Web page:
Zebras at the waterhole at Dinaka Camp.

Zebras at the waterhole at Dinaka Camp.

ANIMALINFO PUBLICATIONS
DIANA ANDERSEN
Diana Andersen is a professional photographer with a Bachelor of Arts in Design. Major Australian galleries and collections hold her award-winning work. After years as a practising designer and a lecturer in design, Diana turned her attention to her other passion, animals, and became a zookeeper working in conservation. A published author, Diana initially used photography to illustrate her books, but it has since become a passion. Diana founded Animalinfo Publications in 2007.
Kudu fine art print by Diana Andersen

KUDU

A beautiful, intimate portrait of a Kudu drinking by Diana Andersen. Professionally printed on premium fine art paper with archival inks, this image will look fantastic in any home or office. SHOP >

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BOTSWANA SAFARI 2024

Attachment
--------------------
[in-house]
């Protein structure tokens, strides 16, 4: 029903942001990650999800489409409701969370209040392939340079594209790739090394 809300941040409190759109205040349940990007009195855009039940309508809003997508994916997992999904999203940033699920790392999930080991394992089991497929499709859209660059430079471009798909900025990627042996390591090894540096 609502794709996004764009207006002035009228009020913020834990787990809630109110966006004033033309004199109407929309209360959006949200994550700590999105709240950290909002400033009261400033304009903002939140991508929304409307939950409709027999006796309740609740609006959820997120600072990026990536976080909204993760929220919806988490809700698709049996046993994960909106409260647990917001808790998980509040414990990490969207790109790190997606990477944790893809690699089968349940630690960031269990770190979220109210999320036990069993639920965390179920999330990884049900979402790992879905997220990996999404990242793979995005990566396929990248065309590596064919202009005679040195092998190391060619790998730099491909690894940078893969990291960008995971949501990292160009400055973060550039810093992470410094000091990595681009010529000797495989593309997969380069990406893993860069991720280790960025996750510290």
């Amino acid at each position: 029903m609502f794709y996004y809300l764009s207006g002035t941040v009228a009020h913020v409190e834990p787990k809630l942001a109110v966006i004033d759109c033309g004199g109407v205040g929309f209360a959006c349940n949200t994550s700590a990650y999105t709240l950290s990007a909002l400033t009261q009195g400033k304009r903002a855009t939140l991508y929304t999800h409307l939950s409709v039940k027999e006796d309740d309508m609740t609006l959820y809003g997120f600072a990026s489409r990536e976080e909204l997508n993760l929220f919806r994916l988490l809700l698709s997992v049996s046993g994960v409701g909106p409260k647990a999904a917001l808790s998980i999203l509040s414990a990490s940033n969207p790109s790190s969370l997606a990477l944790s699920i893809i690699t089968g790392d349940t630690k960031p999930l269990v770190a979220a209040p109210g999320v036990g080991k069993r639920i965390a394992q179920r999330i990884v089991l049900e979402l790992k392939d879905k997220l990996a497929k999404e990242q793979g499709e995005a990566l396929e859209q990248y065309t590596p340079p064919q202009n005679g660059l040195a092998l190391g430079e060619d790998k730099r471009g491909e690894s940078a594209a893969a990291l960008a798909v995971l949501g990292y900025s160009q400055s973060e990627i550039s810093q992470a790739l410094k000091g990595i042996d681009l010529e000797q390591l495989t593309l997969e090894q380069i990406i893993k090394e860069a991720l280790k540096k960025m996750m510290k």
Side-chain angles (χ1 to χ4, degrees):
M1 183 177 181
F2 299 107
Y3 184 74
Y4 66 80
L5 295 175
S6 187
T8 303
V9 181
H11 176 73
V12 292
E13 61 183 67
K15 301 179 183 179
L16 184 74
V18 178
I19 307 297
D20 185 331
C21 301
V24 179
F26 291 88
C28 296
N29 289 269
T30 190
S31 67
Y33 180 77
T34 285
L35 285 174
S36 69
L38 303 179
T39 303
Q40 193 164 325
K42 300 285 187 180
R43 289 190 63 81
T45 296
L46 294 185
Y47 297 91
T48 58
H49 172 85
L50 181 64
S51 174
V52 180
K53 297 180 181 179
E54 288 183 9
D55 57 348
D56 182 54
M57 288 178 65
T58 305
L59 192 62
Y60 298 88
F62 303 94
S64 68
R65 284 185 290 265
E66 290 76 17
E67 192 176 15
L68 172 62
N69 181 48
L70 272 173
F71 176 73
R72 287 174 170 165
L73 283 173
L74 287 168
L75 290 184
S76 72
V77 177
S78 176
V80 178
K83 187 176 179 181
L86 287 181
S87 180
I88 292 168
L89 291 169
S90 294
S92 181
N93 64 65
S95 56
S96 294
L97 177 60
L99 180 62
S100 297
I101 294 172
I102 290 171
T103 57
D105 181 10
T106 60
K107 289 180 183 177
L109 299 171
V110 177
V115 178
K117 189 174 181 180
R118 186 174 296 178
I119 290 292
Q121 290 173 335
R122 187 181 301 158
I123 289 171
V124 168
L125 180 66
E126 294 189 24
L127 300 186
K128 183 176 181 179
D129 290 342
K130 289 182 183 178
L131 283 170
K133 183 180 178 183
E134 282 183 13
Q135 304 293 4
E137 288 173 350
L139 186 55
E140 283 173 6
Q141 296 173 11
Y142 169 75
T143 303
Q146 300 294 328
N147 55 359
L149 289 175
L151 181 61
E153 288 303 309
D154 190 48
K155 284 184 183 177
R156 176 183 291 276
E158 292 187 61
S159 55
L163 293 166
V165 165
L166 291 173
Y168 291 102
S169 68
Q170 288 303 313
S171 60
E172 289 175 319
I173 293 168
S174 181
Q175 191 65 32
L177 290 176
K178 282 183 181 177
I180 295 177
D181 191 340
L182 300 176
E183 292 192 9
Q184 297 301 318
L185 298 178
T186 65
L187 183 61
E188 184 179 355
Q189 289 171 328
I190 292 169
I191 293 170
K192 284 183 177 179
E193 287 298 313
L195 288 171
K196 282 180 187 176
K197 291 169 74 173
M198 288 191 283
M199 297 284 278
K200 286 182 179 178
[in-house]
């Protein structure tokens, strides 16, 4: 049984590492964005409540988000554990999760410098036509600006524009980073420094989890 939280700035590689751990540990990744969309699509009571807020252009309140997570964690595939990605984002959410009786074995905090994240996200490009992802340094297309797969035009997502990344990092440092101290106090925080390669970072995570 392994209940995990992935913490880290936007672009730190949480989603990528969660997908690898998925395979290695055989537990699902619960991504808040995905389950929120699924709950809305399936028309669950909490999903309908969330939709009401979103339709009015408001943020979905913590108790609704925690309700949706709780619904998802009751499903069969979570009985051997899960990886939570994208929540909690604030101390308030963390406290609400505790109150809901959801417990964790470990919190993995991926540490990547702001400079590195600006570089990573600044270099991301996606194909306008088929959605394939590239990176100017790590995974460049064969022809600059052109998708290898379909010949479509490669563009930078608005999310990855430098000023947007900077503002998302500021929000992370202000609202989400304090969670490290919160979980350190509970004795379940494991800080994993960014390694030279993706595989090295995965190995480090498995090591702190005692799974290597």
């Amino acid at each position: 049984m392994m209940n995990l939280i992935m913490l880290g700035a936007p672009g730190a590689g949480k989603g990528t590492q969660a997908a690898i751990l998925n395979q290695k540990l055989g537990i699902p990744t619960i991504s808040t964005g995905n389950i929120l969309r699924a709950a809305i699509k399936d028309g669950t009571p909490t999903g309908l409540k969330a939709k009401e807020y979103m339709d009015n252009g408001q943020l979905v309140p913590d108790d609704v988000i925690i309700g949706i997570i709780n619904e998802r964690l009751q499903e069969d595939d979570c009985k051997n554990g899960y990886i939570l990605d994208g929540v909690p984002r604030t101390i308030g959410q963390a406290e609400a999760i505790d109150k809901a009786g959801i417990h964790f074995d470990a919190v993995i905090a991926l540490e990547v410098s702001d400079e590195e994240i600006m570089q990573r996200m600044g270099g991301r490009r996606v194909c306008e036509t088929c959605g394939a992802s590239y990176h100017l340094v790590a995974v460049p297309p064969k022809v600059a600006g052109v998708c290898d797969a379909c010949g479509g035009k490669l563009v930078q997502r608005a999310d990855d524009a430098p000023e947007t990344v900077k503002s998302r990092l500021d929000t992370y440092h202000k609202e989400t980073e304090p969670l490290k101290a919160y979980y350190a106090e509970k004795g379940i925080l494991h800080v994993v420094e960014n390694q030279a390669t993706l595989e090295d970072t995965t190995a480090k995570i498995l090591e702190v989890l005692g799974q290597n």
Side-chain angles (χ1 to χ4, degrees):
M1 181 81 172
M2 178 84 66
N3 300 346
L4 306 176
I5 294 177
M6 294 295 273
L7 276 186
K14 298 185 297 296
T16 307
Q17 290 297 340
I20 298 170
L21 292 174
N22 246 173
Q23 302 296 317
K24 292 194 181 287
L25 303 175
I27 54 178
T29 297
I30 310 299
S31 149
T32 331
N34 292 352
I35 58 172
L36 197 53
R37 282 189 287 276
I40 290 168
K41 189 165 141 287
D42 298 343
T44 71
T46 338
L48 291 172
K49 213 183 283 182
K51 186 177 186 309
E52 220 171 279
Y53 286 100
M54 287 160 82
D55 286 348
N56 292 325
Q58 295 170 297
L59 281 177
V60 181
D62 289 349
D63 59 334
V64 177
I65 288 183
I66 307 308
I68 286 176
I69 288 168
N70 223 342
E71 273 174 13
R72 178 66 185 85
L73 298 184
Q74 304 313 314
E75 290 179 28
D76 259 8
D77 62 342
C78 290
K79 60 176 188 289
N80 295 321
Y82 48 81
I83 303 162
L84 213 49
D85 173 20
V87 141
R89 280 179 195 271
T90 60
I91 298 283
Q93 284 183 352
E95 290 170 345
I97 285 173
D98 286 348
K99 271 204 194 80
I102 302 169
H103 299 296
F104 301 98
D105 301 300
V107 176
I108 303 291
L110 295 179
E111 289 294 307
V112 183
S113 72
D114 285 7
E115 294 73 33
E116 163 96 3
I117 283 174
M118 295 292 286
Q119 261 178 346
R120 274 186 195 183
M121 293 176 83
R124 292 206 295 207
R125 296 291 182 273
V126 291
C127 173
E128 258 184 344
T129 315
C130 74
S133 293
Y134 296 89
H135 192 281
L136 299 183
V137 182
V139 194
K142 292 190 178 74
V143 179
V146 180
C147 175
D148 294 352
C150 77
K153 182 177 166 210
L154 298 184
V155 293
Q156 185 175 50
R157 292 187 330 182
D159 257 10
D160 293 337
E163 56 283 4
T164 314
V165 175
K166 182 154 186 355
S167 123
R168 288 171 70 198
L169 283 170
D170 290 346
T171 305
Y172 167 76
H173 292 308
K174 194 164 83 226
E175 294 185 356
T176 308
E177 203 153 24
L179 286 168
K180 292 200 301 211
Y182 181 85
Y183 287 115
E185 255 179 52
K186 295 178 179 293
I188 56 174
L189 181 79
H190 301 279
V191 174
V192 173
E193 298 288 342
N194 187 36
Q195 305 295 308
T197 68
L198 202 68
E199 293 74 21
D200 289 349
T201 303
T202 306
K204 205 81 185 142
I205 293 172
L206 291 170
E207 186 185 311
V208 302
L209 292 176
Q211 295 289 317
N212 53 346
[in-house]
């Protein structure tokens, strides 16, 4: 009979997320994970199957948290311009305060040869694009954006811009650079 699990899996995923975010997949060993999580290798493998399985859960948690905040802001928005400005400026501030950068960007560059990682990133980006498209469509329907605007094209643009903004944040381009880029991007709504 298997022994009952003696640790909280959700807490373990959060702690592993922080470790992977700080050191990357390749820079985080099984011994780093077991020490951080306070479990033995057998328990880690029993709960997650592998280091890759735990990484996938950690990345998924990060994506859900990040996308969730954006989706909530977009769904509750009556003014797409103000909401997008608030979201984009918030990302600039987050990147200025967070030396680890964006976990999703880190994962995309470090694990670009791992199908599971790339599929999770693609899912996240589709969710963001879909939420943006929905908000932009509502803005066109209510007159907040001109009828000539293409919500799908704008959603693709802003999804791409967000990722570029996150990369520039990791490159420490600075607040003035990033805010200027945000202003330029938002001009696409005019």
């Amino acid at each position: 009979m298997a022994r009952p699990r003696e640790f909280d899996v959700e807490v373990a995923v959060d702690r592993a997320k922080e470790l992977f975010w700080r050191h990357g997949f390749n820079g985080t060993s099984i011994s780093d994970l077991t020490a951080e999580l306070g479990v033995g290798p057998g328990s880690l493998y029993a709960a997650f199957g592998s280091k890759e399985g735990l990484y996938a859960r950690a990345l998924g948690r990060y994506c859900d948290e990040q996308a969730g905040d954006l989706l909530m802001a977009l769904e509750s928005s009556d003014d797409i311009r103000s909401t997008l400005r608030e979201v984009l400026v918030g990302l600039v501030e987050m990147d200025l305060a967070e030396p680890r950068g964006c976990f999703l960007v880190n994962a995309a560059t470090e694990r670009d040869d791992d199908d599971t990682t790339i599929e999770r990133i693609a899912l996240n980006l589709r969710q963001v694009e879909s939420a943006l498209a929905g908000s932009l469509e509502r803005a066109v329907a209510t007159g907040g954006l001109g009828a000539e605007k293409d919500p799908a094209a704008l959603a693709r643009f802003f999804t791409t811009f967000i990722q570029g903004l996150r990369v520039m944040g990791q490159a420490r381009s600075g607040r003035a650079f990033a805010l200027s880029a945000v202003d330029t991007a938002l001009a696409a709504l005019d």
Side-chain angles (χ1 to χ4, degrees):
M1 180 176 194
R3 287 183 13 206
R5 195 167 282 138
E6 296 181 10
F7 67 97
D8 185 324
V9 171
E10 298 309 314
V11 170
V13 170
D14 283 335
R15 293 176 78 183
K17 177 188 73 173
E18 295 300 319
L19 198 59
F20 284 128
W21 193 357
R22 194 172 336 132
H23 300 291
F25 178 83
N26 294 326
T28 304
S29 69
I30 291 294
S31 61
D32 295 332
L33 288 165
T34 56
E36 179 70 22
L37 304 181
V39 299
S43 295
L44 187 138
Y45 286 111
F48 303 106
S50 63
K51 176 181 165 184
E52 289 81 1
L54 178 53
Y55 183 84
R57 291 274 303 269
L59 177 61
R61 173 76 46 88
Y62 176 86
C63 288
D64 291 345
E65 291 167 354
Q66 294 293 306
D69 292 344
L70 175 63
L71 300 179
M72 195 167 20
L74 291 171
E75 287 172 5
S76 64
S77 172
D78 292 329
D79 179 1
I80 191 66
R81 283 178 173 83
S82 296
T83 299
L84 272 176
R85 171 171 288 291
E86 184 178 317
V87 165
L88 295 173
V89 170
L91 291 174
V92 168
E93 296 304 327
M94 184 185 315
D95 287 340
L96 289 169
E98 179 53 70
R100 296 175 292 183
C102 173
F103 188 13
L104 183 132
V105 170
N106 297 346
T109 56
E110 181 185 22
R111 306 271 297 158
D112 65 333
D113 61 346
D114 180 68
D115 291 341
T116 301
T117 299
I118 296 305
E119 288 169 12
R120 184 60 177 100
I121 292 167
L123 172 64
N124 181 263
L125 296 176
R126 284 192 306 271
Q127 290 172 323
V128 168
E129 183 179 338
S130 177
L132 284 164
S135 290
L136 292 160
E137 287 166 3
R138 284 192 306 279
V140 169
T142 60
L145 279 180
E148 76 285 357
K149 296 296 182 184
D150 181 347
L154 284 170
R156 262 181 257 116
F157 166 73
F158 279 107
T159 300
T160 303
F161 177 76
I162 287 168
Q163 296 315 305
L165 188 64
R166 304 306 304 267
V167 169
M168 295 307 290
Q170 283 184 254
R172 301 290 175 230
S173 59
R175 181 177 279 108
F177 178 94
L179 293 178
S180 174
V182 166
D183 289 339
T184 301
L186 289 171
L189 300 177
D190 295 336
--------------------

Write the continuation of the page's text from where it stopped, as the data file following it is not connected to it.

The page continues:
Join a safari to the amazing Mashatu and Chobe in 2024, led by wildlife photographer and instructor Diana Andersen. Learn More >>

A Day at Dinaka

In the Kalahari in November, it is essential to go out early to beat the intense heat. Therefore, the day at Dinaka begins before dawn with freshly brewed coffee or tea delivered to your room. Guests can enjoy a light breakfast before departing on the morning game drive or head out earlier to catch the sun rising. Brunch is served on your return to camp, after which you can cool off in the pool or rest. The afternoon activities begin with high tea in the late afternoon before your second game drive.

Both morning and afternoon game drives can include a session in the photographic hide or the bunker, another underground hide. Located at permanent waterholes, both offer excellent opportunities to observe and photograph wildlife. In November, the bunker also provides a little relief from the heat. Other activities you can enjoy at Dinaka include an educational walk with the San Bushmen or sleeping under the spectacular skies over the Kalahari on an elevated platform overlooking the Kalahari.